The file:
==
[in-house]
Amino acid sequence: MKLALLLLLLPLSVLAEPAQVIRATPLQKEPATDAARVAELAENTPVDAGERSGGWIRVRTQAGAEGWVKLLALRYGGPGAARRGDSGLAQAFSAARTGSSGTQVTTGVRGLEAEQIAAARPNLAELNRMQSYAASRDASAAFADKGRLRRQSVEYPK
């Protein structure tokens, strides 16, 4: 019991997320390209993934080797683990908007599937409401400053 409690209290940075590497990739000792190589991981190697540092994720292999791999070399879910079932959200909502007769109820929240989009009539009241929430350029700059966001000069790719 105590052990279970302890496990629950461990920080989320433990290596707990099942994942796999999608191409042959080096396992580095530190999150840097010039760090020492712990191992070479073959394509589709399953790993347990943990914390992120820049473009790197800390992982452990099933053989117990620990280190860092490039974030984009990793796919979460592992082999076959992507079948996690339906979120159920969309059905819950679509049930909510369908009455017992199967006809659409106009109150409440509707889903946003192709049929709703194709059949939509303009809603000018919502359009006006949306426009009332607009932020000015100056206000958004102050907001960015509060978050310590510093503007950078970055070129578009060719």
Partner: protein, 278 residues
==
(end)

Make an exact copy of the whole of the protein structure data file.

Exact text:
[in-house]
Amino acid sequence: MKLALLLLLLPLSVLAEPAQVIRATPLQKEPATDAARVAELAENTPVDAGERSGGWIRVRTQAGAEGWVKLLALRYGGPGAARRGDSGLAQAFSAARTGSSGTQVTTGVRGLEAEQIAAARPNLAELNRMQSYAASRDASAAFADKGRLRRQSVEYPK
């Protein structure tokens, strides 16, 4: 019991997320390209993934080797683990908007599937409401400053 409690209290940075590497990739000792190589991981190697540092994720292999791999070399879910079932959200909502007769109820929240989009009539009241929430350029700059966001000069790719 105590052990279970302890496990629950461990920080989320433990290596707990099942994942796999999608191409042959080096396992580095530190999150840097010039760090020492712990191992070479073959394509589709399953790993347990943990914390992120820049473009790197800390992982452990099933053989117990620990280190860092490039974030984009990793796919979460592992082999076959992507079948996690339906979120159920969309059905819950679509049930909510369908009455017992199967006809659409106009109150409440509707889903946003192709049929709703194709059949939509303009809603000018919502359009006006949306426009009332607009932020000015100056206000958004102050907001960015509060978050310590510093503007950078970055070129578009060719």
Partner: protein, 278 residues